Kill the Reporter 

Truth is a good film that's depressing to sit through.

Cate Blanchett and Robert Redford star in Truth.

Cate Blanchett and Robert Redford star in Truth.

James Vanderbilt's Truth revisits one of the many brouhahas of the George W. Bush years, the political scapegoating of CBS News veterans Dan Rather (played by Robert Redford) and Mary Mapes (Cate Blanchett) in 2004, over a 60 Minutes piece about Bush's career in the Texas and Alabama National Guards in the early 1970s. But where, for instance, Bridge of Spies portrays government subterfuge as a surmountable obstacle, the tone of Truth — adapted by director Vanderbilt from Mapes' book — is dismal and defeated, as if truth itself has been banished.

Redford does a particularly fine job imitating the cadences of Rather's vocal delivery, and he etches Rather's dilemma with dignified restraint. Rather was the last of the "trustworthy" anchors in TV news, the figurehead of ostensible integrity. But the real star of Truth is Blanchett's combative producer Mapes, hounded out of her job by an unseen hand for daring to imply, during a presidential election year, that POTUS used his family's influence to essentially shirk his military duty during the Vietnam war. Resistance to this insolent reportage reverberates from the military establishment all the way down to a bull semen market in Texas. While being hounded by her bosses and the president's men, Mapes gets grilled even at home, by her young son. She finally responds to her inquisitors in a forcefully delivered vindication speech, right before they hang her.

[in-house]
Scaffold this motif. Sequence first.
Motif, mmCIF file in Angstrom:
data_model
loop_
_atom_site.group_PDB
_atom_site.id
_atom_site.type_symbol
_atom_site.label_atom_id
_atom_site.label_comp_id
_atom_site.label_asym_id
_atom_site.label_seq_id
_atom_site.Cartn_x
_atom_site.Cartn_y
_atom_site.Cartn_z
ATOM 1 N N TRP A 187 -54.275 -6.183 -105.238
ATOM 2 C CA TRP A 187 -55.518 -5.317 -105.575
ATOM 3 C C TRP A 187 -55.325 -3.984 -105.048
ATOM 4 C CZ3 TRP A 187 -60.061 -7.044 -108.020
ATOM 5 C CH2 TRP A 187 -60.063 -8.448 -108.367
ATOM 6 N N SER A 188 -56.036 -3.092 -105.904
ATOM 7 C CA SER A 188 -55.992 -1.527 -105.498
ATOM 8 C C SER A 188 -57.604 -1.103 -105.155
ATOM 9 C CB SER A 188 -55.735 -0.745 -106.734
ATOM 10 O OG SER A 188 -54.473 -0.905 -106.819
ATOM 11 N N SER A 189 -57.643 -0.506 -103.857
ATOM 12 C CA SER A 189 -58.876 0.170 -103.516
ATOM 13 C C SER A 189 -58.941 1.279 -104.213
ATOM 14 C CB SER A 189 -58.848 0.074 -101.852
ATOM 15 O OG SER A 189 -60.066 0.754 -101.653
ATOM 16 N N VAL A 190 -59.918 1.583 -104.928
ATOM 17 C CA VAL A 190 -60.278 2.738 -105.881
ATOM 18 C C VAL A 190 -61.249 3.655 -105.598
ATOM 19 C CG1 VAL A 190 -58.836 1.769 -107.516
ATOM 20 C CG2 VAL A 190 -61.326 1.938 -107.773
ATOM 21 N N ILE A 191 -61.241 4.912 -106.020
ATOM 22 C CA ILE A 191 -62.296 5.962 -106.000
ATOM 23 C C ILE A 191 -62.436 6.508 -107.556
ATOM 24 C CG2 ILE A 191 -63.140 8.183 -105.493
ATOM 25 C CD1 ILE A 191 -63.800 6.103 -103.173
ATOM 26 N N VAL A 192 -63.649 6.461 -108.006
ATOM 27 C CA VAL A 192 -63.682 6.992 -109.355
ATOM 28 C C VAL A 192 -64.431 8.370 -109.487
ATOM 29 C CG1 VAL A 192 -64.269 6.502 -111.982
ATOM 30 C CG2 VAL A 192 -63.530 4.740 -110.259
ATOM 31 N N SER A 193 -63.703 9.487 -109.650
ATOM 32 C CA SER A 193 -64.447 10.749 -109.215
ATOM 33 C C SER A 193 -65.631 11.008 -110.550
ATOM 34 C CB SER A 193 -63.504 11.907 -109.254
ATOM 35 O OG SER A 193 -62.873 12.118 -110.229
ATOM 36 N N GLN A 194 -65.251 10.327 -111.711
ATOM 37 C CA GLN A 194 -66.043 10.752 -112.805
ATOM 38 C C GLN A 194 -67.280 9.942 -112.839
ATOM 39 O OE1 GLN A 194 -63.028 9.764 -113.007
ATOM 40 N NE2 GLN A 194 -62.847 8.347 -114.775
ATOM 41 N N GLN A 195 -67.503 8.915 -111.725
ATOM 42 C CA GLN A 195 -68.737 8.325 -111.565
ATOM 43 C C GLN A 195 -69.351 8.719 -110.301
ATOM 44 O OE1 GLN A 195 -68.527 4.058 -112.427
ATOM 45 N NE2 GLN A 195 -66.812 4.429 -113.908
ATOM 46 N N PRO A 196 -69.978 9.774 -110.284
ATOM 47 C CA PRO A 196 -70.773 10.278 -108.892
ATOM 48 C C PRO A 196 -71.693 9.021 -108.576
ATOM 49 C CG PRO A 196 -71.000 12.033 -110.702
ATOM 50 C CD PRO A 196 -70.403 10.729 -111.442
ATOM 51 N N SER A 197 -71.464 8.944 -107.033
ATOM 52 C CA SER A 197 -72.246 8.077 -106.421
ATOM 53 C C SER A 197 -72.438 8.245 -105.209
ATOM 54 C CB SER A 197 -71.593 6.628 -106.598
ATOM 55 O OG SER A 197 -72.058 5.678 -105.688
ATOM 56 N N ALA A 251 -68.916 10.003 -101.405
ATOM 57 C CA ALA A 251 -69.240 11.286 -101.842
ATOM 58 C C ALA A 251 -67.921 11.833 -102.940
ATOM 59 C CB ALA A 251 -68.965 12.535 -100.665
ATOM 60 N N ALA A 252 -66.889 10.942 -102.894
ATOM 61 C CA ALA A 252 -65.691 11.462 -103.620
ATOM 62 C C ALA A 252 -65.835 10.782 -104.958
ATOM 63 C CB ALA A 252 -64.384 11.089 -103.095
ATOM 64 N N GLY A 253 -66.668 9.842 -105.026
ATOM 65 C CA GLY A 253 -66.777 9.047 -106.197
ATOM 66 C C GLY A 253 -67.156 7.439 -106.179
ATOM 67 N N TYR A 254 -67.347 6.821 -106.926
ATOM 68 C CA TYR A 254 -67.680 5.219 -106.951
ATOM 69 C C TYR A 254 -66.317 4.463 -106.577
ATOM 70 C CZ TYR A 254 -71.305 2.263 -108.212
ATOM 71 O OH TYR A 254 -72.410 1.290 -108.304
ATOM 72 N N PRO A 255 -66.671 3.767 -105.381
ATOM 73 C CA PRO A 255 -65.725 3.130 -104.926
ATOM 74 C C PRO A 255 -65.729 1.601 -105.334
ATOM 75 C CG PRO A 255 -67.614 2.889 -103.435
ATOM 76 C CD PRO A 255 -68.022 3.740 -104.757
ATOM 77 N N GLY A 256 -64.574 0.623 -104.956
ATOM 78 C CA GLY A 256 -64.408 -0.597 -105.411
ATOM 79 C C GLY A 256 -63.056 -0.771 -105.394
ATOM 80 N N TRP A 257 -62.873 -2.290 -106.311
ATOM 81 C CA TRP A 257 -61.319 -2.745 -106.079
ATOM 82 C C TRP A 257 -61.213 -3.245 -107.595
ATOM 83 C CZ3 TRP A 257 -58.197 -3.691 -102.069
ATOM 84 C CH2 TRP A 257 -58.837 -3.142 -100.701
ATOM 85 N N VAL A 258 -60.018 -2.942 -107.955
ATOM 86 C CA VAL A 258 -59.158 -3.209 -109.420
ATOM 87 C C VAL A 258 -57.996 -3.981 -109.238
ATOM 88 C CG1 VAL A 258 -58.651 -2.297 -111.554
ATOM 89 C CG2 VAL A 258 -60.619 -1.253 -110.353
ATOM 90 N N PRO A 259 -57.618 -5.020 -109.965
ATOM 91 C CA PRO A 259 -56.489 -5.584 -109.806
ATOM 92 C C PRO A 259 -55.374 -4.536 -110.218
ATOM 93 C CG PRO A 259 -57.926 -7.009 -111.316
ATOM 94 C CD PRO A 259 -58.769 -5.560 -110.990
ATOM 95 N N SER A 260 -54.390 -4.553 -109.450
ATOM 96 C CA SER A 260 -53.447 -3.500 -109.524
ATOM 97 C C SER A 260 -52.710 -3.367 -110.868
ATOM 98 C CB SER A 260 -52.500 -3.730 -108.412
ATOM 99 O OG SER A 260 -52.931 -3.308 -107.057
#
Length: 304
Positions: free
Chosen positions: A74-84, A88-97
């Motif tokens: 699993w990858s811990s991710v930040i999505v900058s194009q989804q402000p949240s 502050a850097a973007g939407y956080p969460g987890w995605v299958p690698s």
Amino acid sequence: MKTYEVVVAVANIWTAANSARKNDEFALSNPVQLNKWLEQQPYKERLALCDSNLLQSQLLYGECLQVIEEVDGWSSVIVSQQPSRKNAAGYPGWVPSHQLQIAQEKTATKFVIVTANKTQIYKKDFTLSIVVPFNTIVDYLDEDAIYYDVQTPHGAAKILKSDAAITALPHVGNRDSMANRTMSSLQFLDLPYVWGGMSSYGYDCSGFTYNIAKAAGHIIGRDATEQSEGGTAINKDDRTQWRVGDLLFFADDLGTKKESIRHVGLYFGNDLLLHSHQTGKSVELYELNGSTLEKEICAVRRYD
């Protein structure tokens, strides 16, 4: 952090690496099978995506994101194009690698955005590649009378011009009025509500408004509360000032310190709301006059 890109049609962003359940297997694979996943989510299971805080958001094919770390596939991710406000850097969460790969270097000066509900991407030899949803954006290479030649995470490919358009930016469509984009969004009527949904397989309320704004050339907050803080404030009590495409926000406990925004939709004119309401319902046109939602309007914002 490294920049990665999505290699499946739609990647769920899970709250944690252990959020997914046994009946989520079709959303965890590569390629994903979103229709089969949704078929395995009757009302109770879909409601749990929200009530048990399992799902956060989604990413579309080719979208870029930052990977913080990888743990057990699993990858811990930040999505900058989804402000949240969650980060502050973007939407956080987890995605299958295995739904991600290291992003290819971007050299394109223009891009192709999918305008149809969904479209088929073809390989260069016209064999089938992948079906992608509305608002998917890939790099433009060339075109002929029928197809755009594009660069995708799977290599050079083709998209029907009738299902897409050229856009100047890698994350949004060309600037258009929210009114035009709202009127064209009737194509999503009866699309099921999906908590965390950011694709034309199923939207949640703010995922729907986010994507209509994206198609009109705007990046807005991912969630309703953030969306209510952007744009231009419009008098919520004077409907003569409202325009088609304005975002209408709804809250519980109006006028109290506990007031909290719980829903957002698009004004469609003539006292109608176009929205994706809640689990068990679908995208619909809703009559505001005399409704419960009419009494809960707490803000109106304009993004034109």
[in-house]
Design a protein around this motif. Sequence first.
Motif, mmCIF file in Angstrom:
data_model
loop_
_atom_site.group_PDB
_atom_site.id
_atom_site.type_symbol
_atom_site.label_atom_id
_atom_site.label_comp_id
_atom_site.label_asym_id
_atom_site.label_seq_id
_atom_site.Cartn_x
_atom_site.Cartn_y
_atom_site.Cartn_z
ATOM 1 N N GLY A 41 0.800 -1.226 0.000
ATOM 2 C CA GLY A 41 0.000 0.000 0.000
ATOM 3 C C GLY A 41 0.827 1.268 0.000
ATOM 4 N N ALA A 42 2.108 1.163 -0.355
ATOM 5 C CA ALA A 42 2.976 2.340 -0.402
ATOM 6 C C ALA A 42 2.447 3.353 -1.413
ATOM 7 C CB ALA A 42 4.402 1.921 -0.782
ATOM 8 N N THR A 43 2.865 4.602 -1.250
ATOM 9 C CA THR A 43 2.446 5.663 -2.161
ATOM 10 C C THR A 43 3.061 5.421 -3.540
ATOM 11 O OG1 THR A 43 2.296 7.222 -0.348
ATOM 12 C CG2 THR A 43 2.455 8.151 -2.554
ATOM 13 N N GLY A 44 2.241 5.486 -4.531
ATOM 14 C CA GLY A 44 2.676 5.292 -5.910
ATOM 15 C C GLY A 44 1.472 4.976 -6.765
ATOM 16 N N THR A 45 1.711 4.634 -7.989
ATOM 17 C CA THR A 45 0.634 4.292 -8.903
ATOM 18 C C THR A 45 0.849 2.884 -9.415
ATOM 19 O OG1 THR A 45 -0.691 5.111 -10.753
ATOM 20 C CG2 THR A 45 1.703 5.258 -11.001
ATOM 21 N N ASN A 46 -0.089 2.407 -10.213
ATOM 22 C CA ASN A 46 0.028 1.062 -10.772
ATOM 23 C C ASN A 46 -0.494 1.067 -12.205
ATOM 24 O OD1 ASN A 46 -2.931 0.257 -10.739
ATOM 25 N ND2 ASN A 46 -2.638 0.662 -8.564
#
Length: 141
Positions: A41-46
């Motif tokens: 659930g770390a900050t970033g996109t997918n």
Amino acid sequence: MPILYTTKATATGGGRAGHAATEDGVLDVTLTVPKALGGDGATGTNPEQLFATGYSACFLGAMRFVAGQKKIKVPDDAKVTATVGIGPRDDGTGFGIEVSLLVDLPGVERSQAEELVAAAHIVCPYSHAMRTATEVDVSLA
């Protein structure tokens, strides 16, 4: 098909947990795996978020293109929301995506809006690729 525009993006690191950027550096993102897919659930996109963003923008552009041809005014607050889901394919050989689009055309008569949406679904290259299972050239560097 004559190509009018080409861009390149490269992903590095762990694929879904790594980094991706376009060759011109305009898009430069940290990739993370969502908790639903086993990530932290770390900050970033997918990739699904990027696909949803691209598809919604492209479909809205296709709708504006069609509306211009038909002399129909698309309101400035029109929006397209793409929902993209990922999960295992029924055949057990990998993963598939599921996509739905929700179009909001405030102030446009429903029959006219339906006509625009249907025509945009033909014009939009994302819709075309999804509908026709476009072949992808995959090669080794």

The movie not only raises questions about Bush, but about chicken-hearted CBS and broadcast news media in general. Maybe that's what makes the film, well acted and incisively written as it is, such an ordeal to sit through, even for news junkies. Its implications about American citizens' attentions spans are disheartening as well. Evidently, Bush was additionally peeved about the Abu Ghraib torture scandal, and Mapes paid the price (Rather is now back on the air; Mapes, as noted in the epilogue, has been out of broadcasting ever since). "They don't get to smack us just for asking the fucking question," howls Mapes. But they do. Orwell strikes again.

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